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Respir Med. 2018 Jan;134:139-142. doi: 10.1016/j.rmed.2017.11.019. Epub 2017 Dec 2.

Integration of 3D printing and additive manufacturing in the interventional pulmonologist's toolbox.

Author information

1
Service de Pneumologie, Hôpital Larrey, 24 chemin de Pouvourville, 31059 Toulouse Cedex 9, France. Electronic address: Nicolas_Guibert@DFCI.HARVARD.EDU.
2
Service de Pneumologie, Hôpital Larrey, 24 chemin de Pouvourville, 31059 Toulouse Cedex 9, France. Electronic address: lmhanna6@gmail.com.
3
Service de Pneumologie, Hôpital Larrey, 24 chemin de Pouvourville, 31059 Toulouse Cedex 9, France. Electronic address: didier.a@chu-toulouse.fr.
4
AnatomikModeling Society, 19 rue Jean Mermoz, 31100 Toulouse, France. Electronic address: bmoreno@anatomikmodeling.com.
5
AnatomikModeling Society, 19 rue Jean Mermoz, 31100 Toulouse, France. Electronic address: pleyx@anatomikmodeling.com.
6
Service de Pneumologie, Hôpital Larrey, 24 chemin de Pouvourville, 31059 Toulouse Cedex 9, France. Electronic address: plat.ga@chu-toulouse.fr.
7
Service de Pneumologie, Hôpital Larrey, 24 chemin de Pouvourville, 31059 Toulouse Cedex 9, France. Electronic address: mazieres.j@chu-toulouse.fr.
8
Service de Pneumologie, Hôpital Larrey, 24 chemin de Pouvourville, 31059 Toulouse Cedex 9, France. Electronic address: hermant.c@chu-toulouse.fr.

Abstract

New 3D technologies are rapidly entering into the surgical landscape, including in interventional pulmonology. The transition of 2D restricted data into a physical model of pathological airways by three-dimensional printing (3DP) allows rapid prototyping and fabrication of complex and patient-specific shapes and can thus help the physician to plan and guide complex procedures. Furthermore, computer-assisted designed (CAD) patient-specific devices have already helped surgeons overcome several therapeutic impasses and are likely to rapidly cover a wider range of situations. We report herein with a special focus on our clinical experience: i) how additive manufacturing is progressively integrated into the management of complex central airways diseases; ii) the appealing future directions of these new technologies, including the potential of the emerging technique of bioprinting; iii) the main pitfalls that could delay its introduction into routine care.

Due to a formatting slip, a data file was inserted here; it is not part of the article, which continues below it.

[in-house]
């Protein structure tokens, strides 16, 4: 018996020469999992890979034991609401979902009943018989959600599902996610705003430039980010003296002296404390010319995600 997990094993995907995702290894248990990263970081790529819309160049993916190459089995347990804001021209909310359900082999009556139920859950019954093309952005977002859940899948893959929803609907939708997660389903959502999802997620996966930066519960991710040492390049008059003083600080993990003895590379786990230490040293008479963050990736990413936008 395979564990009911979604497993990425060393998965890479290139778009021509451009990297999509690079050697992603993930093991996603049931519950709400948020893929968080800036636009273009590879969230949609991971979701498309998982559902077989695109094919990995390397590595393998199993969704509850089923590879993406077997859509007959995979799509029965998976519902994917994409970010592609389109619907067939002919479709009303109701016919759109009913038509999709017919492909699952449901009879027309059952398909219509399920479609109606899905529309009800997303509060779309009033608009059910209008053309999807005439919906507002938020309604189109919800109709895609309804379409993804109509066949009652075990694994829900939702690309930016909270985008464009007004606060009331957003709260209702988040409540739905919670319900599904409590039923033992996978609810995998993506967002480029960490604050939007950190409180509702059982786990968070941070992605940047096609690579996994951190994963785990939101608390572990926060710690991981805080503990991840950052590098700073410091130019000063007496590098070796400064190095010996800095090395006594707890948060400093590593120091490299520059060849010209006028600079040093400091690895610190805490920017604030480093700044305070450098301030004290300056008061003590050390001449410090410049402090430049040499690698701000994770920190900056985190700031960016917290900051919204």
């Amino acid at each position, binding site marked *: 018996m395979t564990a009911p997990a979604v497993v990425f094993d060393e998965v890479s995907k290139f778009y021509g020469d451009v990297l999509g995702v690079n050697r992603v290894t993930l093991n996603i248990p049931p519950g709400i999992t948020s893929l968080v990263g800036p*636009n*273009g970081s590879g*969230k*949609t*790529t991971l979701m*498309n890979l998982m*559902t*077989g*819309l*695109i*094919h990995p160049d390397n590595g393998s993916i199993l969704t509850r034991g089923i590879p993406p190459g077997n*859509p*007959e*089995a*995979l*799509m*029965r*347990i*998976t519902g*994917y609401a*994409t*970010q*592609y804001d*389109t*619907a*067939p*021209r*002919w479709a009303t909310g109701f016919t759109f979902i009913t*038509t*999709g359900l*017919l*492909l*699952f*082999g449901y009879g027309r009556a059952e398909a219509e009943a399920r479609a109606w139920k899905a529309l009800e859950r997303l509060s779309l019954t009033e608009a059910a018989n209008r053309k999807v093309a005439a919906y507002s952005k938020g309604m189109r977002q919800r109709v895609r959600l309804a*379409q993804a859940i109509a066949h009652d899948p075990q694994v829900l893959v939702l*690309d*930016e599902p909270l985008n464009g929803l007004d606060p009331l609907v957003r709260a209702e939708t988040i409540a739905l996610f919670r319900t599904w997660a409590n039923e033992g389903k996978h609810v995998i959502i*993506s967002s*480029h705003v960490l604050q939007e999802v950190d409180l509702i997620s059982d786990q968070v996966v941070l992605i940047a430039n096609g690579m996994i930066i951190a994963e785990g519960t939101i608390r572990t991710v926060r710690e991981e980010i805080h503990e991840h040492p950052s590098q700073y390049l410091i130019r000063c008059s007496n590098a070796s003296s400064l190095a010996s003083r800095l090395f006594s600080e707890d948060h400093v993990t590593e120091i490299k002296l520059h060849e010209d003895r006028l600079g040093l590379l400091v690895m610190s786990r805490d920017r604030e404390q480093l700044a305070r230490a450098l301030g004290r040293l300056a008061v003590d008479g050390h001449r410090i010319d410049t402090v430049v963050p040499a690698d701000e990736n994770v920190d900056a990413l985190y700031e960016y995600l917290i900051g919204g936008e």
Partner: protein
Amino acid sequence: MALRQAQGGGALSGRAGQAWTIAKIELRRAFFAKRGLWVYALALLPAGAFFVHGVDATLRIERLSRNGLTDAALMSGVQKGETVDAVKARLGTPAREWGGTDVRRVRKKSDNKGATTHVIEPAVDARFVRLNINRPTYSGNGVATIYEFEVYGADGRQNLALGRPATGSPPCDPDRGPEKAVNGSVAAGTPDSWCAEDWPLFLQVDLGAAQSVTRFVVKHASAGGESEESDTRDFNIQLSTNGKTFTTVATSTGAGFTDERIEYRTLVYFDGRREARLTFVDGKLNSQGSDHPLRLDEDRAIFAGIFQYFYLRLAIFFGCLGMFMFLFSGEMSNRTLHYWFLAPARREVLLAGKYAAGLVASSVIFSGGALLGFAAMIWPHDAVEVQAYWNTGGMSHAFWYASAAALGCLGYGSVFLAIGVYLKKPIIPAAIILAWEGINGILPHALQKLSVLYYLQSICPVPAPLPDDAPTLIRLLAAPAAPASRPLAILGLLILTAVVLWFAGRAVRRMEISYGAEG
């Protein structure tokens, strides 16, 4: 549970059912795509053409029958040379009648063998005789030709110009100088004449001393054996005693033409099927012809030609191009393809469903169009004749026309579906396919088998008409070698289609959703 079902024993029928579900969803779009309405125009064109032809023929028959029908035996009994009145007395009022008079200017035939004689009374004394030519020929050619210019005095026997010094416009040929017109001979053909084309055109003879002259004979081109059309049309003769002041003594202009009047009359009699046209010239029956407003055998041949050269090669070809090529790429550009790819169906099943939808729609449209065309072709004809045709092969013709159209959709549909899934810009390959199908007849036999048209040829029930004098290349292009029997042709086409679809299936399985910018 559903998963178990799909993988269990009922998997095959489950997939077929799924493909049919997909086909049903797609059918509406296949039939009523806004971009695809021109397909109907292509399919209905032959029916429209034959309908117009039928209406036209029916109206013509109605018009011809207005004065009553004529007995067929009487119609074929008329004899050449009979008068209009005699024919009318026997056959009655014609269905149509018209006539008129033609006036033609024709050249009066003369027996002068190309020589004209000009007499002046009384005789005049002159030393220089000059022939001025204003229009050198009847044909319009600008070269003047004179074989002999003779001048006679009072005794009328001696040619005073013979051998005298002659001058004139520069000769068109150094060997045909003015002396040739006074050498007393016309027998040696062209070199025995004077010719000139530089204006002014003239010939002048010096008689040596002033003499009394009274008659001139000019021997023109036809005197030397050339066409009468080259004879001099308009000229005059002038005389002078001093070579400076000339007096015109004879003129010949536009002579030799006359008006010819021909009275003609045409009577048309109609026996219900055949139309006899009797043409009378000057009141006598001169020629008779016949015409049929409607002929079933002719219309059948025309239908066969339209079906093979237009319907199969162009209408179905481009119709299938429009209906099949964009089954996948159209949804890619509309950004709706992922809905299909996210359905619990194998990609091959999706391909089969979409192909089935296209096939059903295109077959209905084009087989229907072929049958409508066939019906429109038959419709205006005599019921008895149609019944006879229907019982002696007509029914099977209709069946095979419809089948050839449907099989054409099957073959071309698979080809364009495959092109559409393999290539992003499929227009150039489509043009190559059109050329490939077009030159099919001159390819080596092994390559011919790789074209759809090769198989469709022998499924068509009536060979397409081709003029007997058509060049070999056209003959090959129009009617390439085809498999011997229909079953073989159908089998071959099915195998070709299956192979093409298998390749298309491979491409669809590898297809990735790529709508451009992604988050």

KEYWORDS:

3D printing; Additive manufacturing; Central airway obstruction; Computer-assisted design; Interventional bronchoscopy

PMID:
29413501
DOI:
10.1016/j.rmed.2017.11.019
[Indexed for MEDLINE]

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